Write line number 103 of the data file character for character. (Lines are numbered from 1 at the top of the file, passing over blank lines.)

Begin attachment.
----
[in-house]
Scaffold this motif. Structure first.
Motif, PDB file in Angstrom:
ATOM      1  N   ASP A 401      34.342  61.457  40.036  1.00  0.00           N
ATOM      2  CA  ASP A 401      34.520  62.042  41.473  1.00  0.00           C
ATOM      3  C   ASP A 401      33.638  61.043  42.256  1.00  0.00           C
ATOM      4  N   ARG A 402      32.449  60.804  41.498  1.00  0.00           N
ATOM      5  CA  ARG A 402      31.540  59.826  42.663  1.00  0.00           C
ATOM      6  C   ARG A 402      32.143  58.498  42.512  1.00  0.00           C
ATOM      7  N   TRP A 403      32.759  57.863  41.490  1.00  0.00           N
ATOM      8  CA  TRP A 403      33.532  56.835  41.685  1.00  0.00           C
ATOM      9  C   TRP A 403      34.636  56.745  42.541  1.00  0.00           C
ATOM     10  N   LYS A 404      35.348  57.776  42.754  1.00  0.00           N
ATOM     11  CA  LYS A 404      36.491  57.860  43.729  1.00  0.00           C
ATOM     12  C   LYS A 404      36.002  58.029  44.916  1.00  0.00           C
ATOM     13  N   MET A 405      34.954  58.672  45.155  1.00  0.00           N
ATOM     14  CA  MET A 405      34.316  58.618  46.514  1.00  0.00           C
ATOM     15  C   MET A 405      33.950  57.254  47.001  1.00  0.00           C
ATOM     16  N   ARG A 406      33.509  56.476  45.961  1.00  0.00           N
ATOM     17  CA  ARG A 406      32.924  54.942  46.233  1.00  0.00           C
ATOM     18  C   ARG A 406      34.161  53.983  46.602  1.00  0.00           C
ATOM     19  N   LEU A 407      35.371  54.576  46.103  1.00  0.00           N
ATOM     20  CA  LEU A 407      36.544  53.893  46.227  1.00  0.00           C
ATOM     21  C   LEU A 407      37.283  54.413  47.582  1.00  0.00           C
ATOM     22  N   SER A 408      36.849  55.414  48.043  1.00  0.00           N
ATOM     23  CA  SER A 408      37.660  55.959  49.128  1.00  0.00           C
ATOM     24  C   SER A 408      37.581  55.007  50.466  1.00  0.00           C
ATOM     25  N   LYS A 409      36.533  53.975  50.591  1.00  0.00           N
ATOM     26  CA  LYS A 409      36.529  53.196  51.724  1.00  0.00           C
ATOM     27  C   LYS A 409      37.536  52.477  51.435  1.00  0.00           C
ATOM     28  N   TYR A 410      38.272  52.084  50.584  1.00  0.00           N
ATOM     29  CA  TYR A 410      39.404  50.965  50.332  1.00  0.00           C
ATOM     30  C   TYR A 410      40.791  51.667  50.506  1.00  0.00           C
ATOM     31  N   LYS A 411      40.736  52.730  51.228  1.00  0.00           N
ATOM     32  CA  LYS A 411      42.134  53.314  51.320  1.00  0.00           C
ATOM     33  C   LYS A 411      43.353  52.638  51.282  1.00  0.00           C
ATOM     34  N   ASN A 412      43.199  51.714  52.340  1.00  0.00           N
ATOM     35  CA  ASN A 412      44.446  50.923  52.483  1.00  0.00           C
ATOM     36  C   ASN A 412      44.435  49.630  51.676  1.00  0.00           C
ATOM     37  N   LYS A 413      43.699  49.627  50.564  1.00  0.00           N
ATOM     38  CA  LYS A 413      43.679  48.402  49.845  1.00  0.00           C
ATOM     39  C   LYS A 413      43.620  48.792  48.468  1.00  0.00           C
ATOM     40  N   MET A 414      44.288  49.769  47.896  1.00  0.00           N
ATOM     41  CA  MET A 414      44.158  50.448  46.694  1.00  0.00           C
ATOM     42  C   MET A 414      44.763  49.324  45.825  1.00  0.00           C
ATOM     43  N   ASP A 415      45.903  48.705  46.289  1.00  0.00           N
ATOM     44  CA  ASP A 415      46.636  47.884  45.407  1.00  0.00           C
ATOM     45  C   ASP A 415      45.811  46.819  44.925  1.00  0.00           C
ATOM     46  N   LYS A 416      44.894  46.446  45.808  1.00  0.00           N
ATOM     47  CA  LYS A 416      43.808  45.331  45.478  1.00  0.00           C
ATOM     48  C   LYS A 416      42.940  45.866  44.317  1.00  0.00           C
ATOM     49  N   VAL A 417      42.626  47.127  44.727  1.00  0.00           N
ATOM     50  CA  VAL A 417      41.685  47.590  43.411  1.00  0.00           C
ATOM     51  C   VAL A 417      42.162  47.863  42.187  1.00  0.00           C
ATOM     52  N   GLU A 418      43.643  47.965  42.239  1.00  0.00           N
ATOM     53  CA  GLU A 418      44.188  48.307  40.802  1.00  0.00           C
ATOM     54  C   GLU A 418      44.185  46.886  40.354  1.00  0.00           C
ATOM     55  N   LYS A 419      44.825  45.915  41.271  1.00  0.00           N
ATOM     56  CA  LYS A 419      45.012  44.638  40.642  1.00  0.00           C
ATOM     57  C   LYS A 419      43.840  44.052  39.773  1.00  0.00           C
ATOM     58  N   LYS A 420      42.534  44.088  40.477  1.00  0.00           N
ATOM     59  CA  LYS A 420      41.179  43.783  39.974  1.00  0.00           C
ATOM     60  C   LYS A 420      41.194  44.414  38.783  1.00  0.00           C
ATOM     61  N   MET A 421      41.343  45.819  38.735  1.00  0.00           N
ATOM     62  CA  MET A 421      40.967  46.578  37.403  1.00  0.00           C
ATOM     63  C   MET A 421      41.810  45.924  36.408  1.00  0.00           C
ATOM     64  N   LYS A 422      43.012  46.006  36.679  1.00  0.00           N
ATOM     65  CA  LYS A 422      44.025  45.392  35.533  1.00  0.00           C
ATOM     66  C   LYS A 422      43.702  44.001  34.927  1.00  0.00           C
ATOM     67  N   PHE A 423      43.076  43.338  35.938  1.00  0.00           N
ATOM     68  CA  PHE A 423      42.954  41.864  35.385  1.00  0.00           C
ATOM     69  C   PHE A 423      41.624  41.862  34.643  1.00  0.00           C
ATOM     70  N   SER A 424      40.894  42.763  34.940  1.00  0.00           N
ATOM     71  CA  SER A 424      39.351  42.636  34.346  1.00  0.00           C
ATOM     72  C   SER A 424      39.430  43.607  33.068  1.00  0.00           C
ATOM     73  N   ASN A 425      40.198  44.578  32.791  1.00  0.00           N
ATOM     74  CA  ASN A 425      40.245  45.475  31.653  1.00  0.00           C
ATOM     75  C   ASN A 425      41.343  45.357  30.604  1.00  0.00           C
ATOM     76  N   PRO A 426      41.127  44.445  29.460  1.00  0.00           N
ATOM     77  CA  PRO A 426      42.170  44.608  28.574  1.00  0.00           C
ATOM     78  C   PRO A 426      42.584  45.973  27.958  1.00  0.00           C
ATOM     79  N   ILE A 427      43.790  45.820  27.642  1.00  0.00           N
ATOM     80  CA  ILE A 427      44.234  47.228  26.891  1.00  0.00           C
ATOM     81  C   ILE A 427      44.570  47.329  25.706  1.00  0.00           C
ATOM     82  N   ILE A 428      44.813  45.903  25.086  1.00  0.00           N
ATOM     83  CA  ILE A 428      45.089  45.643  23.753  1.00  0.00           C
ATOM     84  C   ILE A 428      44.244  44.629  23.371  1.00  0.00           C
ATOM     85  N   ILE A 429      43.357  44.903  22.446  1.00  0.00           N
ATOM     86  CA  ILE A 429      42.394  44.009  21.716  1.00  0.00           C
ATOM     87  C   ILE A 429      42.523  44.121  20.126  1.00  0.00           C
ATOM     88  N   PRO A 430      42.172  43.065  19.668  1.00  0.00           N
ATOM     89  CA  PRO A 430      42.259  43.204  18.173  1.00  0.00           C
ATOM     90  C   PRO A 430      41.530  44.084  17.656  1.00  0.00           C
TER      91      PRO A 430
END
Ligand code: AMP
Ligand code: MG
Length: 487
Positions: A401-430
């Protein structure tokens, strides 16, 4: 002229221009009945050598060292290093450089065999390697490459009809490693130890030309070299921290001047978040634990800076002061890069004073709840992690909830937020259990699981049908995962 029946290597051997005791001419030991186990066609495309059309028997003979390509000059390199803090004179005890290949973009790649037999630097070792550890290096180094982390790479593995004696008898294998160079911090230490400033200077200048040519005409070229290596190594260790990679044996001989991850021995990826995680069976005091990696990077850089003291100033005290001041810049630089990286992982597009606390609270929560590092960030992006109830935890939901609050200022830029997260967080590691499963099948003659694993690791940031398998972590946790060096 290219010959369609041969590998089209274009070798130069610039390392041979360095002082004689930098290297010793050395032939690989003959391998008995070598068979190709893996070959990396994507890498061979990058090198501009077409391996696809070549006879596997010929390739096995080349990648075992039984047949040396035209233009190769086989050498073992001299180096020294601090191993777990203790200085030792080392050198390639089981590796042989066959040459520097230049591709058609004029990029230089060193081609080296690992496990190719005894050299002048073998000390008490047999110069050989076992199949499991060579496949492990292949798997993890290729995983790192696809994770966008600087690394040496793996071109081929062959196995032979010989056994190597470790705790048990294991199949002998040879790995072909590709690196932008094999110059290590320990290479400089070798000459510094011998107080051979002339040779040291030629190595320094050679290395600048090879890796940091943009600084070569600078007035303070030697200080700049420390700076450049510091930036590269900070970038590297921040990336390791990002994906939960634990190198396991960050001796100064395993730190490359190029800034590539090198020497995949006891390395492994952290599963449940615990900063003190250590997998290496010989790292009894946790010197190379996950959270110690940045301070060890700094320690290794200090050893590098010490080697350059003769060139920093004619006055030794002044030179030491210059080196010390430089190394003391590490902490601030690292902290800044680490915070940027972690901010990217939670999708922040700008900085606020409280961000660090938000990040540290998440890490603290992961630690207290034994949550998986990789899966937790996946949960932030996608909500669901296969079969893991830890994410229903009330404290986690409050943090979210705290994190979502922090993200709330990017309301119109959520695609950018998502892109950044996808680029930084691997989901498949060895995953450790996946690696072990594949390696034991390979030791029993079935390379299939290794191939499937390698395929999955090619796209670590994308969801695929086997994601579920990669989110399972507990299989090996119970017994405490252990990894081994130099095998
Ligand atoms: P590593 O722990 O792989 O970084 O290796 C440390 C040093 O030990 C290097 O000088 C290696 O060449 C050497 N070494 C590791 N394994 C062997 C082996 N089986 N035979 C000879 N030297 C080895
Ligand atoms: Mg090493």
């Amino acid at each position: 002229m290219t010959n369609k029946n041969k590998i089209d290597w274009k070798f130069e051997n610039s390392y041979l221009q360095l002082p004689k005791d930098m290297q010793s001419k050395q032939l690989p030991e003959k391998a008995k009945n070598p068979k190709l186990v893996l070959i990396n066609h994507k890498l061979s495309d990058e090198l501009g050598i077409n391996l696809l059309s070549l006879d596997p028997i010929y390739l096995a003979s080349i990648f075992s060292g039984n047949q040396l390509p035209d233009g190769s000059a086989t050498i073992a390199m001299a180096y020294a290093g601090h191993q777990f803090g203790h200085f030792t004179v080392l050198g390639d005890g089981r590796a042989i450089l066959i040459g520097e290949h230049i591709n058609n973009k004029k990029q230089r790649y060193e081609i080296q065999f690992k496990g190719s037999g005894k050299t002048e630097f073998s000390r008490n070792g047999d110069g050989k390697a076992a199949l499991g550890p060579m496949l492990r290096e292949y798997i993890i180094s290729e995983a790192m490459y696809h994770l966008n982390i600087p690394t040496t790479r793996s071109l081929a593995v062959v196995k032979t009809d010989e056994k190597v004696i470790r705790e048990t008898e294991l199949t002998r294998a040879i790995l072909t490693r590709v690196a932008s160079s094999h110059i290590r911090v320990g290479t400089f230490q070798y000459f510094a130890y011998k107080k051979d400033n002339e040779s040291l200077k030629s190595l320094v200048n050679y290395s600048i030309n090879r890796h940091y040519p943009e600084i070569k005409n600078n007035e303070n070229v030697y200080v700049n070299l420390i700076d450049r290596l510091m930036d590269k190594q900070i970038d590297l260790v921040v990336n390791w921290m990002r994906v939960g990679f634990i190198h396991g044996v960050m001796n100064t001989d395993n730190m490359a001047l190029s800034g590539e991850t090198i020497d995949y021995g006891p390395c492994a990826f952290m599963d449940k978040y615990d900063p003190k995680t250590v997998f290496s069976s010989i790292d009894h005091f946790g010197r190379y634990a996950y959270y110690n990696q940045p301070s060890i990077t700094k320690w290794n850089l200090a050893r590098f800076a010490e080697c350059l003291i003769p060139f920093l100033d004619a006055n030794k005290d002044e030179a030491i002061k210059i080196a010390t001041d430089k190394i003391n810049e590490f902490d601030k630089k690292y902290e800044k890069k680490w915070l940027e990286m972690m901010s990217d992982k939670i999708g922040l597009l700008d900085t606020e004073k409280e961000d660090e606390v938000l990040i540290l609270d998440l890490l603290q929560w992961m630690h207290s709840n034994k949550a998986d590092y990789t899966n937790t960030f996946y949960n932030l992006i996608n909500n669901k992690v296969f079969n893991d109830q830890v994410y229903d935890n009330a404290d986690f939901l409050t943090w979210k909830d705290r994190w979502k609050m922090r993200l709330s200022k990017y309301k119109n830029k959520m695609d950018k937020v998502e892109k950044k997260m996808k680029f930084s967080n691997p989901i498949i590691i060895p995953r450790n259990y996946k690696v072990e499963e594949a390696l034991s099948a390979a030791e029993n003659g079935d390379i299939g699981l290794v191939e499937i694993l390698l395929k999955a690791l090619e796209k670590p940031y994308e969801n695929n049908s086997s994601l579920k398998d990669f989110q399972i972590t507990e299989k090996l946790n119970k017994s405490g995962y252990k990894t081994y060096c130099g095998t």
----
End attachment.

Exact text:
């Amino acid at each position: 002229m290219t010959n369609k029946n041969k590998i089209d290597w274009k070798f130069e051997n610039s390392y041979l221009q360095l002082p004689k005791d930098m290297q010793s001419k050395q032939l690989p030991e003959k391998a008995k009945n070598p068979k190709l186990v893996l070959i990396n066609h994507k890498l061979s495309d990058e090198l501009g050598i077409n391996l696809l059309s070549l006879d596997p028997i010929y390739l096995a003979s080349i990648f075992s060292g039984n047949q040396l390509p035209d233009g190769s000059a086989t050498i073992a390199m001299a180096y020294a290093g601090h191993q777990f803090g203790h200085f030792t004179v080392l050198g390639d005890g089981r590796a042989i450089l066959i040459g520097e290949h230049i591709n058609n973009k004029k990029q230089r790649y060193e081609i080296q065999f690992k496990g190719s037999g005894k050299t002048e630097f073998s000390r008490n070792g047999d110069g050989k390697a076992a199949l499991g550890p060579m496949l492990r290096e292949y798997i993890i180094s290729e995983a790192m490459y696809h994770l966008n982390i600087p690394t040496t790479r793996s071109l081929a593995v062959v196995k032979t009809d010989e056994k190597v004696i470790r705790e048990t008898e294991l199949t002998r294998a040879i790995l072909t490693r590709v690196a932008s160079s094999h110059i290590r911090v320990g290479t400089f230490q070798y000459f510094a130890y011998k107080k051979d400033n002339e040779s040291l200077k030629s190595l320094v200048n050679y290395s600048i030309n090879r890796h940091y040519p943009e600084i070569k005409n600078n007035e303070n070229v030697y200080v700049n070299l420390i700076d450049r290596l510091m930036d590269k190594q900070i970038d590297l260790v921040v990336n390791w921290m990002r994906v939960g990679f634990i190198h396991g044996v960050m001796n100064t001989d395993n730190m490359a001047l190029s800034g590539e991850t090198i020497d995949y021995g006891p390395c492994a990826f952290m599963d449940k978040y615990d900063p003190k995680t250590v997998f290496s069976s010989i790292d009894h005091f946790g010197r190379y634990a996950y959270y110690n990696q940045p301070s060890i990077t700094k320690w290794n850089l200090a050893r590098f800076a010490e080697c350059l003291i003769p060139f920093l100033d004619a006055n030794k005290d002044e030179a030491i002061k210059i080196a010390t001041d430089k190394i003391n810049e590490f902490d601030k630089k690292y902290e800044k890069k680490w915070l940027e990286m972690m901010s990217d992982k939670i999708g922040l597009l700008d900085t606020e004073k409280e961000d660090e606390v938000l990040i540290l609270d998440l890490l603290q929560w992961m630690h207290s709840n034994k949550a998986d590092y990789t899966n937790t960030f996946y949960n932030l992006i996608n909500n669901k992690v296969f079969n893991d109830q830890v994410y229903d935890n009330a404290d986690f939901l409050t943090w979210k909830d705290r994190w979502k609050m922090r993200l709330s200022k990017y309301k119109n830029k959520m695609d950018k937020v998502e892109k950044k997260m996808k680029f930084s967080n691997p989901i498949i590691i060895p995953r450790n259990y996946k690696v072990e499963e594949a390696l034991s099948a390979a030791e029993n003659g079935d390379i299939g699981l290794v191939e499937i694993l390698l395929k999955a690791l090619e796209k670590p940031y994308e969801n695929n049908s086997s994601l579920k398998d990669f989110q399972i972590t507990e299989k090996l946790n119970k017994s405490g995962y252990k990894t081994y060096c130099g095998t």